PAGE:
Australian Shepherds (or Aussies) are beautiful, highly active, and intelligent dogs. The Australian Shepherd Dog breed doesn’t originate in Australia. In fact, the breed has its origins in Europe before growing in popularity as a ranch dog in America. Their intelligence makes them well suited to working life, whether on a ranch or as an assistance dog. They are happiest when they have a job that keeps them physically and mentally active. They are not suited for a lazy lifestyle.
It’s important to note that puppy growth charts are much like human children’s charts. Some puppies will grow faster, and some will grow slower than the average. This is perfectly normal. It is also normal for growth to happen in spurts with periods of little or no growth. Remember, your Aussie will grow on their own timeline.
If you are worried about your puppy’s development or growth, chat with your local veterinarian, who will advise on essential things like nutrition and exercise to ensure your pup gets the best start in life.
Growth Chart Timeline
At this time, your Australian Shepherd pup is entirely dependent on her mom. In those early weeks, she is both blind and deaf. All of her nutrition comes from mom’s milk, and she should be allowed to feed whenever needed. At around two weeks of age, her eyes will begin to open, and she will start to hear sounds for the first time!
Once your pup reaches one month old, he uses all 5 of his senses. He will also now start to interact and socialize with his littermates. At the 4–5-week mark, your puppy is also ready to start trying food for the first time and can be offered a small amount of wet food. He will still need to have milk from his mom.
Your puppy is ready to leave his mom at around the eight-week mark. This is a good time to give your Aussie puppy a name. By this time, he will be fully weaned and needs to be fed on a special diet designed to meet the complex nutritional needs of a growing puppy. Due to the fact your pup only has a tiny tummy, he will need his food split over three meals throughout the day.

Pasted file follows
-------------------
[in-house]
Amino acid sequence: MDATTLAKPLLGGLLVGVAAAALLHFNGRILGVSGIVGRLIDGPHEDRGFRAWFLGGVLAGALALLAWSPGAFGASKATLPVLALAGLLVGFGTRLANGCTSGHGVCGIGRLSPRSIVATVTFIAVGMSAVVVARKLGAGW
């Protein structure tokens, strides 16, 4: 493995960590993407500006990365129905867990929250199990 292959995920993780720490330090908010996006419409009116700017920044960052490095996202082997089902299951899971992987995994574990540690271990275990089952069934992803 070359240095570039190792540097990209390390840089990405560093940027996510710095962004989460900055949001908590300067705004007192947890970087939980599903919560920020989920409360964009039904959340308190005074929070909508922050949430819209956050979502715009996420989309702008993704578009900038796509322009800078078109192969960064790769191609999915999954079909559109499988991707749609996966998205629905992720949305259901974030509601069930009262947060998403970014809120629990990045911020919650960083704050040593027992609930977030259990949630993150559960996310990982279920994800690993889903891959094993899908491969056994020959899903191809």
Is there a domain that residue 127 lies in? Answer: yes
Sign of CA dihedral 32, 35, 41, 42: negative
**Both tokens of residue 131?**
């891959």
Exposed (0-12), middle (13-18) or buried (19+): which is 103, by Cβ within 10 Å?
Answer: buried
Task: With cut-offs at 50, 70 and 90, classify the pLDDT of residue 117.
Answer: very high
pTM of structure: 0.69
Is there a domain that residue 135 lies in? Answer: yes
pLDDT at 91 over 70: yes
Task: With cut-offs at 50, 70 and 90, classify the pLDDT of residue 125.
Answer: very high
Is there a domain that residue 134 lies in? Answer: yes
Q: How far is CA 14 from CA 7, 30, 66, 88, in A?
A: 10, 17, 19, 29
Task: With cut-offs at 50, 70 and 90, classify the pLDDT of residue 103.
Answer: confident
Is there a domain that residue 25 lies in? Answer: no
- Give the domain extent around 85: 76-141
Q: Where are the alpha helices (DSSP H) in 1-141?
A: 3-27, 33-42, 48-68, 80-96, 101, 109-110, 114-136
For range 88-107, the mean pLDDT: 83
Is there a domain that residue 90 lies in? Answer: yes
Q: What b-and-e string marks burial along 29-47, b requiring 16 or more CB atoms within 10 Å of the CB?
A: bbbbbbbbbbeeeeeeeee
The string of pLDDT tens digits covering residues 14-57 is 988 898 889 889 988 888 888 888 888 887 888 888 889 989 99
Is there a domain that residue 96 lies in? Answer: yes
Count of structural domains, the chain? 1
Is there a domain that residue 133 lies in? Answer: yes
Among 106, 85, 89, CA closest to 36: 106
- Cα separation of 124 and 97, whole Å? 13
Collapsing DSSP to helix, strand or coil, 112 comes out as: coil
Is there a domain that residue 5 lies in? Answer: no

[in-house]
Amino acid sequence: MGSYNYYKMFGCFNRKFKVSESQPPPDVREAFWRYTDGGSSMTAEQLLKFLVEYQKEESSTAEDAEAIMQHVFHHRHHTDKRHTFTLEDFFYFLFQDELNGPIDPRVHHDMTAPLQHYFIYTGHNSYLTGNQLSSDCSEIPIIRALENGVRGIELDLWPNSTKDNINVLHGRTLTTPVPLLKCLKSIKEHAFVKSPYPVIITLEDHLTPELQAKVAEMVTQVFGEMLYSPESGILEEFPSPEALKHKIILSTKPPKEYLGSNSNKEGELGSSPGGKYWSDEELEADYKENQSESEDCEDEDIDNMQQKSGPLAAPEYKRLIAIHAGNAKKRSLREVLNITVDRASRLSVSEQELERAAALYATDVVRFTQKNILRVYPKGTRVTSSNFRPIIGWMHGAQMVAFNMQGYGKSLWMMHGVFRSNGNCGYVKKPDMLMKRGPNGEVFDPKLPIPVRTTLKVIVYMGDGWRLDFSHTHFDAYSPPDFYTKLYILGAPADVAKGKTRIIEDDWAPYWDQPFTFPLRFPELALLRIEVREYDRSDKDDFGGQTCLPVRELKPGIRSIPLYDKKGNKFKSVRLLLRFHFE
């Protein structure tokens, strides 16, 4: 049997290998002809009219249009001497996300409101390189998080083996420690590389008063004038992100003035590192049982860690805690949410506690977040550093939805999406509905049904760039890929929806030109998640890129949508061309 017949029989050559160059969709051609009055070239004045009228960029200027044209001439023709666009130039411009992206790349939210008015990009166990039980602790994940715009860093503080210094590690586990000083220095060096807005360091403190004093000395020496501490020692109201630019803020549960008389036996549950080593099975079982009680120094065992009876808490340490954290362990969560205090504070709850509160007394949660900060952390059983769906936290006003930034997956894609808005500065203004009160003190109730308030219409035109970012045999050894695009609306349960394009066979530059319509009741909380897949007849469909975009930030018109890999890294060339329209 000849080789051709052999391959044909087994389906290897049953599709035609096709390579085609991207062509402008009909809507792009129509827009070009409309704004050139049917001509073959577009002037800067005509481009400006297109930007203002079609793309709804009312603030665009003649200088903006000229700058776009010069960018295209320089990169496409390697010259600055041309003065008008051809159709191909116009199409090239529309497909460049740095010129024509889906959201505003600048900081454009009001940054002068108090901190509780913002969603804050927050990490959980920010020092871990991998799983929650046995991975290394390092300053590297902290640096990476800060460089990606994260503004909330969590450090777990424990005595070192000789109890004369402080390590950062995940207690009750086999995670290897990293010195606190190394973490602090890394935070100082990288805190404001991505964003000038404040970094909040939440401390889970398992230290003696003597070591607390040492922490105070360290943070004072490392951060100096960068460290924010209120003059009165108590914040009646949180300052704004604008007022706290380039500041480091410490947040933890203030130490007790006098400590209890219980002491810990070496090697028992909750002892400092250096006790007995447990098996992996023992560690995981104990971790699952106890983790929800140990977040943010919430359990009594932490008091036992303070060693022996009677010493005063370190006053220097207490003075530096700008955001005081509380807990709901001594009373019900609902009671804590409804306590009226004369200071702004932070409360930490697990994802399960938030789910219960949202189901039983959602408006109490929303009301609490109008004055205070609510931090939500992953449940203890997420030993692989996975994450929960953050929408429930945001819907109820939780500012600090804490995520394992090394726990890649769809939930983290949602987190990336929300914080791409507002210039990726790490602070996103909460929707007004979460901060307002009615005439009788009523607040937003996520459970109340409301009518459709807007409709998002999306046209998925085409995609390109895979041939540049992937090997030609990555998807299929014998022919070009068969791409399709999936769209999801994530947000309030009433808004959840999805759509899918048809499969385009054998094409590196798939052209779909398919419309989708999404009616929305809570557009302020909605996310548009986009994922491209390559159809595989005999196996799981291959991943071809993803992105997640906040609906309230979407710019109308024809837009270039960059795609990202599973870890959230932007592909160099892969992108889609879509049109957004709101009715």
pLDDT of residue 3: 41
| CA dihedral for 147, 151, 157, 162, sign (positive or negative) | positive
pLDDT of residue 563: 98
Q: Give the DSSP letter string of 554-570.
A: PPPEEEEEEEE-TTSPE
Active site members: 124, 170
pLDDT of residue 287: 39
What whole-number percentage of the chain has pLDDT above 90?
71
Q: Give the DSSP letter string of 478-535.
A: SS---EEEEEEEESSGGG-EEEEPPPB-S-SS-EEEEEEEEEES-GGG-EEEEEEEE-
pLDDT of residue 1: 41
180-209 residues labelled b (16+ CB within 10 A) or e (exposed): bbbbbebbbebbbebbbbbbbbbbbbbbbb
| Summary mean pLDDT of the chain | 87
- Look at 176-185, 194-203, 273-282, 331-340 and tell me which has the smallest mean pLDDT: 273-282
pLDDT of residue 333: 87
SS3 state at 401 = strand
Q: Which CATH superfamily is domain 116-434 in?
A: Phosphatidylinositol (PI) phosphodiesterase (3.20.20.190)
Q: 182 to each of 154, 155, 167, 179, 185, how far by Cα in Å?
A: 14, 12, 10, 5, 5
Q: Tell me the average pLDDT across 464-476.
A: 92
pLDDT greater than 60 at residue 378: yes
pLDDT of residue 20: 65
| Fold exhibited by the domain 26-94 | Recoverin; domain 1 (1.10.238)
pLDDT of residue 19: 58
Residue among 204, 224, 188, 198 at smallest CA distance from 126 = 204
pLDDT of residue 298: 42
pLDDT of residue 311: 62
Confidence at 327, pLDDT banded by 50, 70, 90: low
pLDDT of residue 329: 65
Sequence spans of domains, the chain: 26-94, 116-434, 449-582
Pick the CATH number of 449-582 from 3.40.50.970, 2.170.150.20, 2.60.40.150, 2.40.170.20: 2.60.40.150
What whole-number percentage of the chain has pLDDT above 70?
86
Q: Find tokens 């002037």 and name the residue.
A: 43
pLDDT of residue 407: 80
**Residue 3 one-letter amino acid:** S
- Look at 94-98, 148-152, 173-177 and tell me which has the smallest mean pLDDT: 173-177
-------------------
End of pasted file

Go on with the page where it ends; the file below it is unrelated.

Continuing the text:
It’s never too early to start with training and socialization for your pup. Even at eight weeks old, she is ready to learn. One crucial thing to ensure you do is socialize your pup. Puppies’ socialization window, when they are most receptive to learning how to behave and act around other living things or new experiences, is thought to close around 16 weeks of age.
Without socialization in these early months, your puppy won’t know how to handle herself in a new environment or social situation. This can lead to fear, aggression, and anxiety behaviors developing. Care should be taken to balance the risk of exposure to new diseases until your pup has had all their shots. Crate and toilet training should be undertaken as soon as you bring your new pup home. A regular schedule is the key to success here. Remember, your pup has a tiny bladder and will need to pee often!
Around this time, your puppy will begin teething, where their baby teeth start to fall out, and their adult teeth start to erupt. You will likely notice your pet chewing obsessively. This is to help them cope with teething pains but can sometimes be quite painful for us pet owners! The use of teeth toys can help displace inappropriate chewing and biting behaviors. Always supervise your pup when playing or chewing on their toys.